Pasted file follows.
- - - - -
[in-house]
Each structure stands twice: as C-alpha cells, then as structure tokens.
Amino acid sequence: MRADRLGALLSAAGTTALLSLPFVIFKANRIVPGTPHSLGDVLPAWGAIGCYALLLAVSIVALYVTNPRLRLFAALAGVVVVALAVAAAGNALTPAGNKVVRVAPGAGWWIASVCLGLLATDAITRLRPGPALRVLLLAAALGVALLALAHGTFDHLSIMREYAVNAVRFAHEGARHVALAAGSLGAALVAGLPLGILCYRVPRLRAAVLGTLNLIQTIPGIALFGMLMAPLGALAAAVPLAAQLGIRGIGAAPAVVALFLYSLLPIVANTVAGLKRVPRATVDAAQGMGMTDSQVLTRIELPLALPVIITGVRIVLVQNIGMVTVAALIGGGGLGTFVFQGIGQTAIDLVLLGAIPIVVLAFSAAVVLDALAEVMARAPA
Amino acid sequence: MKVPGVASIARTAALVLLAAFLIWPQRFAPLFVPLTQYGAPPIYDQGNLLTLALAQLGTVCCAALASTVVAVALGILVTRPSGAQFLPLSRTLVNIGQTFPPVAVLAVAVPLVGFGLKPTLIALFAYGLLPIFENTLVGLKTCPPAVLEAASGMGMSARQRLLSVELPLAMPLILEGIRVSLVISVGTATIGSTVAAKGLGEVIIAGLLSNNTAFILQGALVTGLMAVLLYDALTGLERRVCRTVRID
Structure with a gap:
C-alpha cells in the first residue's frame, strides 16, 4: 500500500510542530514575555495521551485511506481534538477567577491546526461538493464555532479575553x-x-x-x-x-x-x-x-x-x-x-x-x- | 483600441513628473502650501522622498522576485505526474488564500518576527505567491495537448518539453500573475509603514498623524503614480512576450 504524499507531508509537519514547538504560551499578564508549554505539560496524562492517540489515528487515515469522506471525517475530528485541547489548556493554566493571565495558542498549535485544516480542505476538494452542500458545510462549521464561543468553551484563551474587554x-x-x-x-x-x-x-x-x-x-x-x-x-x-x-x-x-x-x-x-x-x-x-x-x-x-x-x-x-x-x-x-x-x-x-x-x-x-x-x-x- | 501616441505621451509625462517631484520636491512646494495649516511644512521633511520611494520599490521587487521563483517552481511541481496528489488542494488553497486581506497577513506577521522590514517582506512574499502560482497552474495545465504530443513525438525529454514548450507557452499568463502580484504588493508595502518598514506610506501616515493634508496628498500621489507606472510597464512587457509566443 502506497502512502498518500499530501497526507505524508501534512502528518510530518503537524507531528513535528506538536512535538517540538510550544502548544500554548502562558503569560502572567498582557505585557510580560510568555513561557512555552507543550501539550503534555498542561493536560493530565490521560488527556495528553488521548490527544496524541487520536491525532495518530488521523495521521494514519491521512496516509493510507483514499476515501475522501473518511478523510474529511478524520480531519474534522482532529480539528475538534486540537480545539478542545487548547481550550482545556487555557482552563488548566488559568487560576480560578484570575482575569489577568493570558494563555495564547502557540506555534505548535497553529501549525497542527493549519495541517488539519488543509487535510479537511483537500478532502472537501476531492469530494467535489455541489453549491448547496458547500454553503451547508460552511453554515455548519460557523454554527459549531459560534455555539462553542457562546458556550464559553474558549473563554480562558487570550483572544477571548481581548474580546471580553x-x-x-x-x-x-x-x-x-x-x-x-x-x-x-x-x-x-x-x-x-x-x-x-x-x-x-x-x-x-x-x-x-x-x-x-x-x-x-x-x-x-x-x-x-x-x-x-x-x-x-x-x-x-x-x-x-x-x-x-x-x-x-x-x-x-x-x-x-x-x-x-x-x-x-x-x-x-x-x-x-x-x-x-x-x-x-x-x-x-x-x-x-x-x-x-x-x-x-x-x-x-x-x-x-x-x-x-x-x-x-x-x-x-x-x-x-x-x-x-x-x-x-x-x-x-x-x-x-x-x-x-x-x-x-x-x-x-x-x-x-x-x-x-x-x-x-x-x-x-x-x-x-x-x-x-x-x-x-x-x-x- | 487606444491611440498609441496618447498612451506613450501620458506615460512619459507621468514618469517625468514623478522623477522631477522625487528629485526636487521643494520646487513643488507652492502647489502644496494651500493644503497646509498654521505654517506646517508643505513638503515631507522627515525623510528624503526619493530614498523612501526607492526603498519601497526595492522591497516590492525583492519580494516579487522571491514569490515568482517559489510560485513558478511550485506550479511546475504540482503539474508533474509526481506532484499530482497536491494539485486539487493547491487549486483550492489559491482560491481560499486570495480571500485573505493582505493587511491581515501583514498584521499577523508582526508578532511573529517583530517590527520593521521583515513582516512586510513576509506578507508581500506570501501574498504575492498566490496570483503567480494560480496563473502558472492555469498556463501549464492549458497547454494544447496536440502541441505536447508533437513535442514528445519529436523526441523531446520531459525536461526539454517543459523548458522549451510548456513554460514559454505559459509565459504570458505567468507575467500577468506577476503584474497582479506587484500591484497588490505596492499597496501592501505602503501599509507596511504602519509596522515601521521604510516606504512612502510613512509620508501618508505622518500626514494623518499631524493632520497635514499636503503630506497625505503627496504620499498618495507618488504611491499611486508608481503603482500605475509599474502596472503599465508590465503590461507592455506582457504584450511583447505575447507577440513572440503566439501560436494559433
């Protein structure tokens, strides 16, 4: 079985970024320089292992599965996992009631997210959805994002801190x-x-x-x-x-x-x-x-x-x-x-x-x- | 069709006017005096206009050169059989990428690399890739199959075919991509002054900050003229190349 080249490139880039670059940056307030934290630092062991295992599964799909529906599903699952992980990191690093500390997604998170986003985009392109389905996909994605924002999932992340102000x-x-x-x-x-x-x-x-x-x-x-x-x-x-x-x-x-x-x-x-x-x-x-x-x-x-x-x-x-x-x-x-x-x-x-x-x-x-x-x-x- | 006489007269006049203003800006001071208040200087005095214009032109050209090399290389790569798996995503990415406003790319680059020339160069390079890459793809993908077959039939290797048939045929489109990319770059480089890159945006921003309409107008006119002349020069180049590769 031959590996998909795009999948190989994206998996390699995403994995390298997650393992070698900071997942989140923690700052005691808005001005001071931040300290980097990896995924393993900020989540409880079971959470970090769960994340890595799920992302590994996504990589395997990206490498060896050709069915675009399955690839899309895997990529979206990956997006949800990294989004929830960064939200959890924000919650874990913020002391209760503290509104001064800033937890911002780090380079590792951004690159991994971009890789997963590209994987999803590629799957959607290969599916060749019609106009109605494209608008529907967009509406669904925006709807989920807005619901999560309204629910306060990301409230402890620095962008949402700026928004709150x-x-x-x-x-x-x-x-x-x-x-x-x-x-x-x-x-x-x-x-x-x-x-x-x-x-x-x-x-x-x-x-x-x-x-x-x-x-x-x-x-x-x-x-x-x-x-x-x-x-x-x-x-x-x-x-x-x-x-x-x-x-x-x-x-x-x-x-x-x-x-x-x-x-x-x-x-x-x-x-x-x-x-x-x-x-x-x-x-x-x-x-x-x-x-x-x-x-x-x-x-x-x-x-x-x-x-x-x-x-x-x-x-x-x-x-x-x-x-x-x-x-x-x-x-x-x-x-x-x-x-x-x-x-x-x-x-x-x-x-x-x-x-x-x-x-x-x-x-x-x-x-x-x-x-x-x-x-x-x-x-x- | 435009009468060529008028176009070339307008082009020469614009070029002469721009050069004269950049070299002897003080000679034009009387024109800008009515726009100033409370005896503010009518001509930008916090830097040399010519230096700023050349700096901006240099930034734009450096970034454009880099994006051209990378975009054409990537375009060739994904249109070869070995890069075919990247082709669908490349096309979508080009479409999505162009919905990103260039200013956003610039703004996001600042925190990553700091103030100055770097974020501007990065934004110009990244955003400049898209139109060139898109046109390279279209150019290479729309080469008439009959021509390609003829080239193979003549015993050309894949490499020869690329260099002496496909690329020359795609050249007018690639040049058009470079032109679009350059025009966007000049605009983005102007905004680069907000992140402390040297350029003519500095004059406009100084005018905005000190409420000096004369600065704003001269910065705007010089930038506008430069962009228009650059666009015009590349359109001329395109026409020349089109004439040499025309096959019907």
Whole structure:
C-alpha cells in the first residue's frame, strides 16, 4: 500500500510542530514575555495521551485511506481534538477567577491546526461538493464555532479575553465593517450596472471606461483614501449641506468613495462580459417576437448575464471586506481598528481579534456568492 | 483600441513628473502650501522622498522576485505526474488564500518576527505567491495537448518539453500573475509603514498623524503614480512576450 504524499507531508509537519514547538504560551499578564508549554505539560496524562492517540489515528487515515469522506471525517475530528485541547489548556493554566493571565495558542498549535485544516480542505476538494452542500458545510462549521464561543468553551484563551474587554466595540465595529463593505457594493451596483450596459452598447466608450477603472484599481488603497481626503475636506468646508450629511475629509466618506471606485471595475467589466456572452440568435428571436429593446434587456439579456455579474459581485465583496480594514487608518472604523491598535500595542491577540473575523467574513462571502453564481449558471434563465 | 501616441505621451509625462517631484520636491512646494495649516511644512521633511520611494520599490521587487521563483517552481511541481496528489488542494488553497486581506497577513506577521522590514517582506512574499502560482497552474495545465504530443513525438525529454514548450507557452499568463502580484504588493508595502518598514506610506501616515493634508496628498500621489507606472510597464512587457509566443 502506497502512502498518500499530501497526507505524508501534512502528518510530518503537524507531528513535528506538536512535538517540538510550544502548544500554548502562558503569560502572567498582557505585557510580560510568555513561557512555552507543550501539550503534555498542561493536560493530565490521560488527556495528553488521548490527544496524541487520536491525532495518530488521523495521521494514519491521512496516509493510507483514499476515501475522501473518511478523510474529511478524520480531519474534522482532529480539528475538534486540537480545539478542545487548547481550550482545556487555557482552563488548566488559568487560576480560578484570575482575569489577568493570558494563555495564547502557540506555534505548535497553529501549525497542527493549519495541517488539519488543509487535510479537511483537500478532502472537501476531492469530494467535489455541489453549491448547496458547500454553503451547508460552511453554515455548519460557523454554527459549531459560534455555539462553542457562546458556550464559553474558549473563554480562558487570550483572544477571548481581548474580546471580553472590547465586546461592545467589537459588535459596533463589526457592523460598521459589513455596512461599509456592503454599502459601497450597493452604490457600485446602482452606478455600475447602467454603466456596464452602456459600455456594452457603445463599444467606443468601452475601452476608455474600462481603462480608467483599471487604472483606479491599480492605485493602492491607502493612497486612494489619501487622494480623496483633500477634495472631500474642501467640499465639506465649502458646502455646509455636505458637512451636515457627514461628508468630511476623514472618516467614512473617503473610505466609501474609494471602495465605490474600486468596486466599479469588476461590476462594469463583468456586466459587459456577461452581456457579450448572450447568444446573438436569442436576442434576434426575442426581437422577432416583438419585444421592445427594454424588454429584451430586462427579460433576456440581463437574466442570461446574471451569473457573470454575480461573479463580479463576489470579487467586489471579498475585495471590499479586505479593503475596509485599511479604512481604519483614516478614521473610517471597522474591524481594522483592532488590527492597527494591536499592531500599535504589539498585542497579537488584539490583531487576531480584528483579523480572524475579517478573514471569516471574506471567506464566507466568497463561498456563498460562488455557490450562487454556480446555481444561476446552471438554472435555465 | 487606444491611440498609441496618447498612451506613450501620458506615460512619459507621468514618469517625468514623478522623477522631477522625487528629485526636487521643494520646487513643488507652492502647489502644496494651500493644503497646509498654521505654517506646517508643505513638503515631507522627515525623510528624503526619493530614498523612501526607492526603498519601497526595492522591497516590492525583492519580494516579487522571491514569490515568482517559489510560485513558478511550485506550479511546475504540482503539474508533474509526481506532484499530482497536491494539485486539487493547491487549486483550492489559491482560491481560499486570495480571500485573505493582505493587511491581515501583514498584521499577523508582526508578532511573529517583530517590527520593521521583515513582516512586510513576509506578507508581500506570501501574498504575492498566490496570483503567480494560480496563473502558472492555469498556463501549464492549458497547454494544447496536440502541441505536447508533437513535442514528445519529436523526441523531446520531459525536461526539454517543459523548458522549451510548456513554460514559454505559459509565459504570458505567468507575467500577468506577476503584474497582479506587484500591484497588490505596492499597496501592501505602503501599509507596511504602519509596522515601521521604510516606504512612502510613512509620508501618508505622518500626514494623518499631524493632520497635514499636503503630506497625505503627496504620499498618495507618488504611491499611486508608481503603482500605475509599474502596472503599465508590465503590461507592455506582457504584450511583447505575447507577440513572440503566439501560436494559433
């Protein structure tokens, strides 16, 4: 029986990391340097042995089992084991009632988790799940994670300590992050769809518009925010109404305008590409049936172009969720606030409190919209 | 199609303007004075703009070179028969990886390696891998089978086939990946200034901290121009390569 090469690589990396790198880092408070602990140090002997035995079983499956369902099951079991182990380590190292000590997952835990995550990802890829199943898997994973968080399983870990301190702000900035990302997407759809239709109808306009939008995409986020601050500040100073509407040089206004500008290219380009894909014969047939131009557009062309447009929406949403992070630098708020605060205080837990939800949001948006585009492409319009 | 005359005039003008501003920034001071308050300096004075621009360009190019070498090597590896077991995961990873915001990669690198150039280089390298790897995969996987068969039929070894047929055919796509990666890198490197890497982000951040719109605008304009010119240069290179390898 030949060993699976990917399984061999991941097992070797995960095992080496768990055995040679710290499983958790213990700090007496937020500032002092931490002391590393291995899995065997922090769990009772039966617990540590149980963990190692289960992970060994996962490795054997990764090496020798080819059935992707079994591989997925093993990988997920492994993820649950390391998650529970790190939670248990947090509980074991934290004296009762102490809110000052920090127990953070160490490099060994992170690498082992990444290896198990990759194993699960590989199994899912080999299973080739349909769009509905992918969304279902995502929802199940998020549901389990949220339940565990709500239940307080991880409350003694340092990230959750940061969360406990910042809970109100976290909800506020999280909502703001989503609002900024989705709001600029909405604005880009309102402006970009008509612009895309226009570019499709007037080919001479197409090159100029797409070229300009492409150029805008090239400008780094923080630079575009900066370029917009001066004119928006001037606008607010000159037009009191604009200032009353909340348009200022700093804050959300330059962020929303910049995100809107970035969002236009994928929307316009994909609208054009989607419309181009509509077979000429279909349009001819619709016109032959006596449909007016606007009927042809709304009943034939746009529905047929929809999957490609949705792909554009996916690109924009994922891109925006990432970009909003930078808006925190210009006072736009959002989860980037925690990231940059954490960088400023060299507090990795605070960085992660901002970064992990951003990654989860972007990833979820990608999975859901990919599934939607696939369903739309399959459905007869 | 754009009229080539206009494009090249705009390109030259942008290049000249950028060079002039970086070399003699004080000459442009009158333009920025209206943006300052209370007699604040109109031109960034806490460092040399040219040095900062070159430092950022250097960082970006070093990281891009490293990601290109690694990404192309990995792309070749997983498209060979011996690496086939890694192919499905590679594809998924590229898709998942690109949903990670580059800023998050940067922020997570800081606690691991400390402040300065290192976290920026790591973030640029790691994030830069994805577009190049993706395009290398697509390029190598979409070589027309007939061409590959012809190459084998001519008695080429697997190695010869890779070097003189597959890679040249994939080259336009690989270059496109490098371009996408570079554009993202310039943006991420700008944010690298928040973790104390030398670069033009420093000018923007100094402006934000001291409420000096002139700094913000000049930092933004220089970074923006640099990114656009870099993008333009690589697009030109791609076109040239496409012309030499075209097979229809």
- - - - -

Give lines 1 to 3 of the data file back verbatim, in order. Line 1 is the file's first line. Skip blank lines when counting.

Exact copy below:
[in-house]
Each structure stands twice: as C-alpha cells, then as structure tokens.
Amino acid sequence: MRADRLGALLSAAGTTALLSLPFVIFKANRIVPGTPHSLGDVLPAWGAIGCYALLLAVSIVALYVTNPRLRLFAALAGVVVVALAVAAAGNALTPAGNKVVRVAPGAGWWIASVCLGLLATDAITRLRPGPALRVLLLAAALGVALLALAHGTFDHLSIMREYAVNAVRFAHEGARHVALAAGSLGAALVAGLPLGILCYRVPRLRAAVLGTLNLIQTIPGIALFGMLMAPLGALAAAVPLAAQLGIRGIGAAPAVVALFLYSLLPIVANTVAGLKRVPRATVDAAQGMGMTDSQVLTRIELPLALPVIITGVRIVLVQNIGMVTVAALIGGGGLGTFVFQGIGQTAIDLVLLGAIPIVVLAFSAAVVLDALAEVMARAPA